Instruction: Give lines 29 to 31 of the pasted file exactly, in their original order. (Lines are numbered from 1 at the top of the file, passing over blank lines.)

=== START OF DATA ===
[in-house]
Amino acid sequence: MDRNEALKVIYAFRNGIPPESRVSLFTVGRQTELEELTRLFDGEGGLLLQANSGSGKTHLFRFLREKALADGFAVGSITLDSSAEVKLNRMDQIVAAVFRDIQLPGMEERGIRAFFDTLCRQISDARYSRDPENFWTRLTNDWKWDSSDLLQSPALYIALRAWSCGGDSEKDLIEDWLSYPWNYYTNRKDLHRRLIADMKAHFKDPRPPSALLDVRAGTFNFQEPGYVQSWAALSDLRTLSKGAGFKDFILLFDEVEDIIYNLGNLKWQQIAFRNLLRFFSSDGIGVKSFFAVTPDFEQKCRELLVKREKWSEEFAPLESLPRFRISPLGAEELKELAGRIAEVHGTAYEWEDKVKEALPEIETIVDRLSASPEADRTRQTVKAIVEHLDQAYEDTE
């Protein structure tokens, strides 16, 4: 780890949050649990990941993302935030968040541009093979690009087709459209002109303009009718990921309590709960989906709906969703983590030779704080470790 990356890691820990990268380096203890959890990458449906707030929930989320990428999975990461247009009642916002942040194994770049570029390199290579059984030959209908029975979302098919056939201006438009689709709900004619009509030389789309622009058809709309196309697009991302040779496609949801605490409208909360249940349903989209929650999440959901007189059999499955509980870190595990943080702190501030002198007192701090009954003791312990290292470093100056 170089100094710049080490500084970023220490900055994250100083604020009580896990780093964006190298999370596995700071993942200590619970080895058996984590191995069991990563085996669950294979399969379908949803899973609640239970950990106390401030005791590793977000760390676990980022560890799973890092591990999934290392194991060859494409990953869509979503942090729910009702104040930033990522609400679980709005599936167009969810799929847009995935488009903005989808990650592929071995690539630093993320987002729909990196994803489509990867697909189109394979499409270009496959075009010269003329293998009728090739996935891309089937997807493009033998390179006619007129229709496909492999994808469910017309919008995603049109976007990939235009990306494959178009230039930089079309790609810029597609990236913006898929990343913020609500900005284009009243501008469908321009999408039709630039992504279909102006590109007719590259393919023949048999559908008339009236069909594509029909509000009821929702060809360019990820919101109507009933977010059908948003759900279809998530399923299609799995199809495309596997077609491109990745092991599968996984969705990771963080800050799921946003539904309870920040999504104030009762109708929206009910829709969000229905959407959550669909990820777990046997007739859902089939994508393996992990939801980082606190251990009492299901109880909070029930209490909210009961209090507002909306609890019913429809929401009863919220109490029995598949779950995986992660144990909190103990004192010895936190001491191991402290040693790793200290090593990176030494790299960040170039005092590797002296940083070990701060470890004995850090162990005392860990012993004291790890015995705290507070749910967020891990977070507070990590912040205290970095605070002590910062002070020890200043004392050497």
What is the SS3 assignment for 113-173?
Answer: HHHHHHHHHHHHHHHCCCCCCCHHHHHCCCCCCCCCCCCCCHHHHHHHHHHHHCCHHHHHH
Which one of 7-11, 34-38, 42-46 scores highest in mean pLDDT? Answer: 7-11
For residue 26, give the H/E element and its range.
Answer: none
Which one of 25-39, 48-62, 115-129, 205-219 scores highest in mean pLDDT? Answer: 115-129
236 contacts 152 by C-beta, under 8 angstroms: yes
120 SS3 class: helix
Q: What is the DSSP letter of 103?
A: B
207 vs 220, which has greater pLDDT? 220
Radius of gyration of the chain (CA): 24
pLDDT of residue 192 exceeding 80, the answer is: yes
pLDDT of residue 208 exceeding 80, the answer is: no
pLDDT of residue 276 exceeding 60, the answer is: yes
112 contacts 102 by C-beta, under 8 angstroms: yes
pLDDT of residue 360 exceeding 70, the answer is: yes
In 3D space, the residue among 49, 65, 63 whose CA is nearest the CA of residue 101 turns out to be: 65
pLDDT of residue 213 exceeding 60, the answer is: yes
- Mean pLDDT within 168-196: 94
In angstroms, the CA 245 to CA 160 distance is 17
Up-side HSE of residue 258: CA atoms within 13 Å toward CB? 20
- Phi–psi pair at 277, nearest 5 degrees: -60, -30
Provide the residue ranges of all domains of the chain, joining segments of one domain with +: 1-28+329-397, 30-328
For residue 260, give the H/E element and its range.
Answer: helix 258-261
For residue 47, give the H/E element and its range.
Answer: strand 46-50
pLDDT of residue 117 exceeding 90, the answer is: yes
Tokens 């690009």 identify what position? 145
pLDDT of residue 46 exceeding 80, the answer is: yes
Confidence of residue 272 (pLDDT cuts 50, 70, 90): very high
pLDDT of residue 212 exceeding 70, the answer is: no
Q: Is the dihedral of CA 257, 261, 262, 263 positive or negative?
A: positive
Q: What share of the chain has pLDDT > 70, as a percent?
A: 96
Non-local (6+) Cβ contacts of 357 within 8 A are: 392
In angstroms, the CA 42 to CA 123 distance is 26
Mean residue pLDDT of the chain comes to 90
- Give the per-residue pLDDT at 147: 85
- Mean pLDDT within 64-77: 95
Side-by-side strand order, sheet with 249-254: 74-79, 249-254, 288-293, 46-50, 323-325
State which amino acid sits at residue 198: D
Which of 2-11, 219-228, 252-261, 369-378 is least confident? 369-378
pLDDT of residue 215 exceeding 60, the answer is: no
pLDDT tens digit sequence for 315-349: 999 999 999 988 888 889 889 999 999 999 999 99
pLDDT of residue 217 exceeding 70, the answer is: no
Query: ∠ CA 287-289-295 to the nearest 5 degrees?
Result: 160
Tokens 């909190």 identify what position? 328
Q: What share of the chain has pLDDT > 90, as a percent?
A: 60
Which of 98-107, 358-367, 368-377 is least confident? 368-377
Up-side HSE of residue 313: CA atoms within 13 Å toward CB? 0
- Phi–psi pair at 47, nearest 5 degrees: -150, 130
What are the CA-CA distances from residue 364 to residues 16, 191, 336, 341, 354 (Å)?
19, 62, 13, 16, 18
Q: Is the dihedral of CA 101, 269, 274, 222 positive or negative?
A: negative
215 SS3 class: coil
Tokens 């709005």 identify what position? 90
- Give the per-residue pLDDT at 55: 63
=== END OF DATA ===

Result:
Answer: helix 258-261
For residue 47, give the H/E element and its range.
Answer: strand 46-50